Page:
THE striped dolphin (stenella coeruleoalba), the most numerous species of its kind in the Mediterranean - numbers last summer stood at between 17 and 20'000 - is threatened by a viral epidemic originating in the Atlantic and carried to the Med by another dolphin species known in Spanish as the “black cauldron” (globicephalinae).

The report on the health of the dolphin population, researched over a five-year period along the coast of Valencia has been a joint venture operation involving the regional ministry for the Environment, the University of Valencia, a marine biology Institute, and the Oceanographic Centre in Valencia. The technical department which had worked on the findings said that scientists had first been alerted to the virus which can prove fatal to dolphins, as early as 1990 when an epidemic killed nearly 2'000 striped dolphins in the Mediterranean. Investigators said yesterday they need to know more about the behaviour of the virus. Ironically, the second variety of dolphin which “carries” the virus, is not nearly so badly affected by it. A spokesman explained that the “calderón negro” variety of dolphin develops an immunity against the virus as do human beings who eat any fish which are caught in waters where the virus is rife.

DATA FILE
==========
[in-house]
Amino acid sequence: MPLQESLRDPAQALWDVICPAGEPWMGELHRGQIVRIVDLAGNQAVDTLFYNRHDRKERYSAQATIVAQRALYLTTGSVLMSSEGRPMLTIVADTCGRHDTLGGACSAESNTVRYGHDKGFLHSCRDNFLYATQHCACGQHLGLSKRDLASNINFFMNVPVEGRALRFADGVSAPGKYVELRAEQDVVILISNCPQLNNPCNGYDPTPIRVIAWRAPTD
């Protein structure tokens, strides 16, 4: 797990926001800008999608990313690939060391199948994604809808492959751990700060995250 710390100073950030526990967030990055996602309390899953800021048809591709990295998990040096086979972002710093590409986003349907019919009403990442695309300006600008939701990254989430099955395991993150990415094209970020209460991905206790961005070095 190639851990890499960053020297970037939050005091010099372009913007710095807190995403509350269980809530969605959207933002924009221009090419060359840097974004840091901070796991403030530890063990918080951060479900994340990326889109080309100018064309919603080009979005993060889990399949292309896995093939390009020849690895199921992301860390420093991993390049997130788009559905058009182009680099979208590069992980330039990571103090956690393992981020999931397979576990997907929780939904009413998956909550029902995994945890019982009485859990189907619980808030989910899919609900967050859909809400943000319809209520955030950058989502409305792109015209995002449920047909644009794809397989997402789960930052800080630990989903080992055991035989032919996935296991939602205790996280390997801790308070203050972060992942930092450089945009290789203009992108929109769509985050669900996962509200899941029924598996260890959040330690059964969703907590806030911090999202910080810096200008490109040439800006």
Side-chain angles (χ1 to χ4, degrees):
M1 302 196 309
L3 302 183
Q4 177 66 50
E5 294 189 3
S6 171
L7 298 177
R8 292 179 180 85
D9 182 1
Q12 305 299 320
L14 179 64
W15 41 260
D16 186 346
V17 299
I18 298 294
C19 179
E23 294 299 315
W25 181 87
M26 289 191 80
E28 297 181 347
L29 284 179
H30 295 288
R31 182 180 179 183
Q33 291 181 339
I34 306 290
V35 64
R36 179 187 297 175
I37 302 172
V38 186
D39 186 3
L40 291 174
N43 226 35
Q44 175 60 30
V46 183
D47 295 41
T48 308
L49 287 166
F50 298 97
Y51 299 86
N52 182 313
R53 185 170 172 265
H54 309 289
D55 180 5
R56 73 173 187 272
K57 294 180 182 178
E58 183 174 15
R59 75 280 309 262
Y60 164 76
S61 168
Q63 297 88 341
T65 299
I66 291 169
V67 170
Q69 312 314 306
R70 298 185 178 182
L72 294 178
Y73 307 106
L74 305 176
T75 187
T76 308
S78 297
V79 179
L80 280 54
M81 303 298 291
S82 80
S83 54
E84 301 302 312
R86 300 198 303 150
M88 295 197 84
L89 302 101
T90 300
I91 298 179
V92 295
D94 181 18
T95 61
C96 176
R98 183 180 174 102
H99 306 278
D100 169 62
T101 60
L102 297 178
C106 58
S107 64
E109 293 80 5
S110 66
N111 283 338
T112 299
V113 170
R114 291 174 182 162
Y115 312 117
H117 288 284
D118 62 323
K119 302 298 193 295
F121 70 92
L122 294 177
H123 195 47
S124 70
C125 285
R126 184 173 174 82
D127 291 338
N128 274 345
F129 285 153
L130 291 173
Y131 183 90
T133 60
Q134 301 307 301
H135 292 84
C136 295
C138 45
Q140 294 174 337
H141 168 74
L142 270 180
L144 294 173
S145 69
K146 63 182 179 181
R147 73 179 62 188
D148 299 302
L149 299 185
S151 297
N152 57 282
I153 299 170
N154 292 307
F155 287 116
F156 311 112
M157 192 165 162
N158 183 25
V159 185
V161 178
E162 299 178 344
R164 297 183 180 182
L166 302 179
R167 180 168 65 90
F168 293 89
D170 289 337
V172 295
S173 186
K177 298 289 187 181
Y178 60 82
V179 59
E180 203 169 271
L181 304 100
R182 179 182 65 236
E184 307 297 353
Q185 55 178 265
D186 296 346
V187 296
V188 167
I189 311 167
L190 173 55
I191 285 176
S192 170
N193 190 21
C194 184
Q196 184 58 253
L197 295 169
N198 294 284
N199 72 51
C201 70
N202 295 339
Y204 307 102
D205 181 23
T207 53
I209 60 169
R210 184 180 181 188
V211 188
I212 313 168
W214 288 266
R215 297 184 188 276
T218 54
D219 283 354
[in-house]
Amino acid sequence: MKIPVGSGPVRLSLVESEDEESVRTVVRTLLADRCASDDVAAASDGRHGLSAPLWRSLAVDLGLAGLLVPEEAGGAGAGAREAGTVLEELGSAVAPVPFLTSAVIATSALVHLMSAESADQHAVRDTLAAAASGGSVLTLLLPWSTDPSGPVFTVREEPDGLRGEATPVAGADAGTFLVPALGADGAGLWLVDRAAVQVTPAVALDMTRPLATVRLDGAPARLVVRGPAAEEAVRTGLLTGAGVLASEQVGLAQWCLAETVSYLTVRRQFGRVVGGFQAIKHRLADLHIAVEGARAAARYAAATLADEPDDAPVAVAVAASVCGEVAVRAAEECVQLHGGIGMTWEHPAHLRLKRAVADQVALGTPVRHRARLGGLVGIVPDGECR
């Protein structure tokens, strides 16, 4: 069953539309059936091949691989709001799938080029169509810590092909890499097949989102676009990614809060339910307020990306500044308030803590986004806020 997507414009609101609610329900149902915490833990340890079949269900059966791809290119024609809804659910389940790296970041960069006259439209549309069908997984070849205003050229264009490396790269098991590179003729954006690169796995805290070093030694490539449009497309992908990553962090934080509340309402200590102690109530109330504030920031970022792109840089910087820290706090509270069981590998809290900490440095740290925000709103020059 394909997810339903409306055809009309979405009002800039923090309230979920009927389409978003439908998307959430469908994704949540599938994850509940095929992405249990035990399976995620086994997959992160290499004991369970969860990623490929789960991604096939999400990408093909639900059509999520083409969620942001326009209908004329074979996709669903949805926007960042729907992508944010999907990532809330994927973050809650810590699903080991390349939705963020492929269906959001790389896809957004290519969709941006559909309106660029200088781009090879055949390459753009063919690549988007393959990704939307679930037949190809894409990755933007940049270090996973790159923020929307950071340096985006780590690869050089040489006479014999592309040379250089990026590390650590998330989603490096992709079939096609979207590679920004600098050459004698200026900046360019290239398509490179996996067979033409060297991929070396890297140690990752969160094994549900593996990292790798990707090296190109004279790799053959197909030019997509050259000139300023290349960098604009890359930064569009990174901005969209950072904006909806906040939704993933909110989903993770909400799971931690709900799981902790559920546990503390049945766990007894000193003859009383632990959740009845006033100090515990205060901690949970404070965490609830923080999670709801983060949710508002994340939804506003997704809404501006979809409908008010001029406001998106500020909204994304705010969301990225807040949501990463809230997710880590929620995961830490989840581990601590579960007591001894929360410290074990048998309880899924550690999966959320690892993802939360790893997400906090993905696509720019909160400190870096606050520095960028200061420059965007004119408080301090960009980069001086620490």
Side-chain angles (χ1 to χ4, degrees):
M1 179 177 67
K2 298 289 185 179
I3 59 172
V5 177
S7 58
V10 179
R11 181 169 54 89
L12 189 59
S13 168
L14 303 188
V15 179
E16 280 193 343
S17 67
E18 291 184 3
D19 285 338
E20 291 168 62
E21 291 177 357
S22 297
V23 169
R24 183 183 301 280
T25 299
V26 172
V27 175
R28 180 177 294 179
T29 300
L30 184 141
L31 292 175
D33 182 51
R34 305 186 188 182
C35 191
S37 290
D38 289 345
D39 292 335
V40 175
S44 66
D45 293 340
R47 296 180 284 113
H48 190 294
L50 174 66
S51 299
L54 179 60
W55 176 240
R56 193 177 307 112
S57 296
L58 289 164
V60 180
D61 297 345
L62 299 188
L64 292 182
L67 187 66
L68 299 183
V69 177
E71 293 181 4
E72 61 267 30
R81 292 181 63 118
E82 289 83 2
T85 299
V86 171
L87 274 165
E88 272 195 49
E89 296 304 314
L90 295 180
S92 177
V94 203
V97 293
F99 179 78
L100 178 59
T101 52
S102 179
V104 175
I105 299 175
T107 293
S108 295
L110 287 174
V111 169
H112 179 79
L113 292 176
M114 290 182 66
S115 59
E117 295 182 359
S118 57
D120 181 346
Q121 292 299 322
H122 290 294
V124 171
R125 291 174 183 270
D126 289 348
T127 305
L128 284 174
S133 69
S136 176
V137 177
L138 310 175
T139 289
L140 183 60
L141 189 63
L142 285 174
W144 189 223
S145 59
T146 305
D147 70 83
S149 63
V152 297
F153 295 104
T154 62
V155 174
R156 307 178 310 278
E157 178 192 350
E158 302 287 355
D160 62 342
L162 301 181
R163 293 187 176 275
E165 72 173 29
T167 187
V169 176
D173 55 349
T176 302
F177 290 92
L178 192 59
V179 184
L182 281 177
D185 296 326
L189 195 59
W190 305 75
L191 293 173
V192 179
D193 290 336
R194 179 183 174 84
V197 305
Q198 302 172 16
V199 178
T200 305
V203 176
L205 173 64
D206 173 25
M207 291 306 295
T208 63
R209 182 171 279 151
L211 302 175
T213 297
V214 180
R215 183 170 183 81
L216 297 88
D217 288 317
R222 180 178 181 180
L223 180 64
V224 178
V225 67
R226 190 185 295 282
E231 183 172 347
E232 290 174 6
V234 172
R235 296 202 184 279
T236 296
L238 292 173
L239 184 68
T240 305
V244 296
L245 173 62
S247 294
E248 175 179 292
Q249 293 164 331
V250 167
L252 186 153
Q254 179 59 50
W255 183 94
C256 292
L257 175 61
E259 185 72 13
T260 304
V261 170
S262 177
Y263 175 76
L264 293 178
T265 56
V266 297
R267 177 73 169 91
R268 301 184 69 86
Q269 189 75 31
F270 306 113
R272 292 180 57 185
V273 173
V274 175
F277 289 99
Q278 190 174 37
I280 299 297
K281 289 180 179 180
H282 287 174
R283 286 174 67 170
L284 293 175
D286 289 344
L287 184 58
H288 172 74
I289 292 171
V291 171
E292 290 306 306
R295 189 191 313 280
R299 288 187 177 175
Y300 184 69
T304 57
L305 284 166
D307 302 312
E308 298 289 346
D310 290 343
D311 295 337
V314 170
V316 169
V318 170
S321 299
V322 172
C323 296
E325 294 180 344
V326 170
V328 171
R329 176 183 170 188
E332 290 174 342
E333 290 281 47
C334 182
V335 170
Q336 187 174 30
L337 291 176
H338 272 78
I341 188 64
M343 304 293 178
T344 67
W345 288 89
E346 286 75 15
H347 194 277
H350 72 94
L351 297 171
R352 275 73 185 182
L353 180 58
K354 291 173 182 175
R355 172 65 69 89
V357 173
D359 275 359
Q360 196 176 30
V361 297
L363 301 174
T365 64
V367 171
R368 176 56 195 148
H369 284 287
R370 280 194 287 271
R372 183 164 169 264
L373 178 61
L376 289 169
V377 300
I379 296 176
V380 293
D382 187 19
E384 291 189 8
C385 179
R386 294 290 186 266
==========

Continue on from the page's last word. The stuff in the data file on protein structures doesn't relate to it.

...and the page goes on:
Results of the study were based on 94 sightings recorded along 2'730 miles of patrolled sea lanes off the Valencian coastline. Specialists noted eight different dolphin species amongst the 1'666 creatures which came into view. Investigation centred around the area of the Continental shelf where it joins the sea bed. The key methods used for locating dolphins involves the use of the hydrophone, a mechanism which enables humans to tap the high pitched squeaking sounds which the dolphins emit under water and which can be heard over a distance of 4 to 5 km.